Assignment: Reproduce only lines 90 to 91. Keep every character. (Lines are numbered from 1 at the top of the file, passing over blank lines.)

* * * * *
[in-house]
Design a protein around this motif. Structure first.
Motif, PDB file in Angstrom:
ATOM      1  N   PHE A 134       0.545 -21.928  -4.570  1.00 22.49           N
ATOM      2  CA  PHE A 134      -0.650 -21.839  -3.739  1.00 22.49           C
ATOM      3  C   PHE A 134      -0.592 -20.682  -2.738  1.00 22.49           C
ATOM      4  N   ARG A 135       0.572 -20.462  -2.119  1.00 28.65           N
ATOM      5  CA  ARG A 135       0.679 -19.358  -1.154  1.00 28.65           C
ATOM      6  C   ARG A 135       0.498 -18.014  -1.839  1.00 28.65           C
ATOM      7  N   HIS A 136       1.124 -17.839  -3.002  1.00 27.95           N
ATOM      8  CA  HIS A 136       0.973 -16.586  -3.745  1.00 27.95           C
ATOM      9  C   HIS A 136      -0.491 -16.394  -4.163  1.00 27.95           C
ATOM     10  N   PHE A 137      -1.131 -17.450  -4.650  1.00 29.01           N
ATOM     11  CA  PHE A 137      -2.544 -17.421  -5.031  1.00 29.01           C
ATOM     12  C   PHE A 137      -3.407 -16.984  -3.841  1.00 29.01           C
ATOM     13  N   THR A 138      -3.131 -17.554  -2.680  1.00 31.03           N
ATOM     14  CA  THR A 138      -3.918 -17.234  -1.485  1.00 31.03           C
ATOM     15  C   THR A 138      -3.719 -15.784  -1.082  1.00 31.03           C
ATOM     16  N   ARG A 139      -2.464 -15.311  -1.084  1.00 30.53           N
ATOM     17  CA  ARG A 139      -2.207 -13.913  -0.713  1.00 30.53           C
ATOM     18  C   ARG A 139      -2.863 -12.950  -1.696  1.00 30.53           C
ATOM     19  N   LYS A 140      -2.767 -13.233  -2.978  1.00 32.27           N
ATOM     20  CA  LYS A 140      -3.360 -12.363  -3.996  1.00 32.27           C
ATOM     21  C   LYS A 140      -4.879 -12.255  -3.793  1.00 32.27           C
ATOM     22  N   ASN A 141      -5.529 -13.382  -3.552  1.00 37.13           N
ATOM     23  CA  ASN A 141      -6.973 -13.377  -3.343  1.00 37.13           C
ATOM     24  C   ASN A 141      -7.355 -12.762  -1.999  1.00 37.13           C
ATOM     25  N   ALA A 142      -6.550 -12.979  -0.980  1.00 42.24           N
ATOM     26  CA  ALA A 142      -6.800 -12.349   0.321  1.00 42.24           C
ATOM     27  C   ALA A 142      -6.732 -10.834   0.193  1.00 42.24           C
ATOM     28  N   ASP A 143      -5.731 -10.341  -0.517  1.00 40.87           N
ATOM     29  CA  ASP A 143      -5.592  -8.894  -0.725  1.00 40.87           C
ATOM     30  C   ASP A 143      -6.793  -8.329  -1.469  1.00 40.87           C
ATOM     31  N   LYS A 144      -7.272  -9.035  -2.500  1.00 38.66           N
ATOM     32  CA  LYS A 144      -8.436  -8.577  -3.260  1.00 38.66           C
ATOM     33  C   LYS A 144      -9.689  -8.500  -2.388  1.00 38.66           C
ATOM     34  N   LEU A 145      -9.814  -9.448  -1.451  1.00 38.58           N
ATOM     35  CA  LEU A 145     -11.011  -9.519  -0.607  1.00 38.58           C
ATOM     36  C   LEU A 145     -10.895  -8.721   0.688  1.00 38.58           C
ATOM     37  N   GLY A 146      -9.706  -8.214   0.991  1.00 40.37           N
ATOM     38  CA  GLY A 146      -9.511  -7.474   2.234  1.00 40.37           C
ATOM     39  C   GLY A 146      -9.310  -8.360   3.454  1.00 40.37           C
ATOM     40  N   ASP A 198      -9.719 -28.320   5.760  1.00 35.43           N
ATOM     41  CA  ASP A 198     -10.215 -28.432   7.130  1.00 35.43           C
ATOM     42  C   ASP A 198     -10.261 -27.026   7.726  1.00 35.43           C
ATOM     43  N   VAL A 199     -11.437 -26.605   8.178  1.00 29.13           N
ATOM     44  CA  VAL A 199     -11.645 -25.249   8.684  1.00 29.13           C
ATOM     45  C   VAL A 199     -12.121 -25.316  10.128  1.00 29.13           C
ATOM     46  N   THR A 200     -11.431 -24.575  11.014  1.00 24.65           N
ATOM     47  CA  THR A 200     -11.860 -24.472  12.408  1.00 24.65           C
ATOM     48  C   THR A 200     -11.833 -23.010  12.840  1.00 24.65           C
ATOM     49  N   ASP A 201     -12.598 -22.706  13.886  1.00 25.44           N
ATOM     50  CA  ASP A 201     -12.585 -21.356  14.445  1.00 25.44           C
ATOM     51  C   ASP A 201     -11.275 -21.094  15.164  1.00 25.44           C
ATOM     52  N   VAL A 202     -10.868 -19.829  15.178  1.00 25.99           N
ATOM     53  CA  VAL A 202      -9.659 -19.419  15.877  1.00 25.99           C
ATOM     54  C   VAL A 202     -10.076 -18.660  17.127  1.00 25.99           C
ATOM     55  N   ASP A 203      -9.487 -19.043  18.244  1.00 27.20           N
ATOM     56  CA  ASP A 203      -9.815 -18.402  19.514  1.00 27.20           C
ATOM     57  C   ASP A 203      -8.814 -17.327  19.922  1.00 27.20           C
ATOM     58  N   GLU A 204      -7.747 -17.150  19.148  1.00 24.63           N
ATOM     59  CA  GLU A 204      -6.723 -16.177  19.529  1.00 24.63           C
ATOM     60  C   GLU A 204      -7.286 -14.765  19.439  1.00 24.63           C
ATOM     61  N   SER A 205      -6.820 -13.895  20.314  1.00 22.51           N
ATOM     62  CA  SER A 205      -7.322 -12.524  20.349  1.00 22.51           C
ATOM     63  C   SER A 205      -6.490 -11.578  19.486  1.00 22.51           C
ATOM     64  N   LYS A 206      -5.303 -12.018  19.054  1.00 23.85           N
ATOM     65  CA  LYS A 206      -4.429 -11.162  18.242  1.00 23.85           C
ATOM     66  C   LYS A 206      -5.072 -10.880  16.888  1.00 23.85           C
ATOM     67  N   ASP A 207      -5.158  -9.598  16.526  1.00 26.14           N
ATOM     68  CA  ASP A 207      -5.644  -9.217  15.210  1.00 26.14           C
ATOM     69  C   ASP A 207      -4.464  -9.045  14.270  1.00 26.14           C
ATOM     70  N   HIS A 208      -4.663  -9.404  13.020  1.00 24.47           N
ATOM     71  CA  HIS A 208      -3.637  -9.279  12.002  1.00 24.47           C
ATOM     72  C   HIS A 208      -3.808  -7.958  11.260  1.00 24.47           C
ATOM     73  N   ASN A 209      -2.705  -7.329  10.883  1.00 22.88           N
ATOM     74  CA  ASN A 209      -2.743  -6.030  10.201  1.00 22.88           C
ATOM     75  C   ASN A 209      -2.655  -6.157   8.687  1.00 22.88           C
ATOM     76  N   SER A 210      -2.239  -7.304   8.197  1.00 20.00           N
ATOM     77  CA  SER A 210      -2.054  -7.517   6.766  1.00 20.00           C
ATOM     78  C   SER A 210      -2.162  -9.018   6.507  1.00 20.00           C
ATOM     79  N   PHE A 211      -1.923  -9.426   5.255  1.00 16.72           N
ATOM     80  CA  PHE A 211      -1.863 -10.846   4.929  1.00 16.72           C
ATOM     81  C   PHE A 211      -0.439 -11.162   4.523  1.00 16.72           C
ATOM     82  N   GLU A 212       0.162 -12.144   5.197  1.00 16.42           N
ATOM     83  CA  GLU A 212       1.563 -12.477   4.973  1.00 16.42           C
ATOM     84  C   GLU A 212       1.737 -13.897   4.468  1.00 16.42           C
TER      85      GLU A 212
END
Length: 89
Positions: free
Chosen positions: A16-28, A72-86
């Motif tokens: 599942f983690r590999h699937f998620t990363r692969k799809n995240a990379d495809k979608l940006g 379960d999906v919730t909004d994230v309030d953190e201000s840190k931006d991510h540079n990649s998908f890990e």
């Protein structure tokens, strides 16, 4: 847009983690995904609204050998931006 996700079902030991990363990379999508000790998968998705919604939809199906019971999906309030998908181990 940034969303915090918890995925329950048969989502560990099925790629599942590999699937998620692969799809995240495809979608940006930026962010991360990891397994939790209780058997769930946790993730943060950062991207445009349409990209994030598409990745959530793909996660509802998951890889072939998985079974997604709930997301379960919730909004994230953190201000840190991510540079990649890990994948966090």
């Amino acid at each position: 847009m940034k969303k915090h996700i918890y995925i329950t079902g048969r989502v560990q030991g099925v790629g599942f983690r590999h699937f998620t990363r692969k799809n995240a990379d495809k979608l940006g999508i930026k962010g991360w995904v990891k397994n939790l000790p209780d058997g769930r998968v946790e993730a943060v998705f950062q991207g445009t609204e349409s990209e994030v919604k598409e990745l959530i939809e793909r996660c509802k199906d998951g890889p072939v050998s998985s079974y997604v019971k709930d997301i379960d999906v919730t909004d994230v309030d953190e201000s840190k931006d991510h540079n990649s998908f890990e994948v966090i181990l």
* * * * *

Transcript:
Length: 89
Positions: free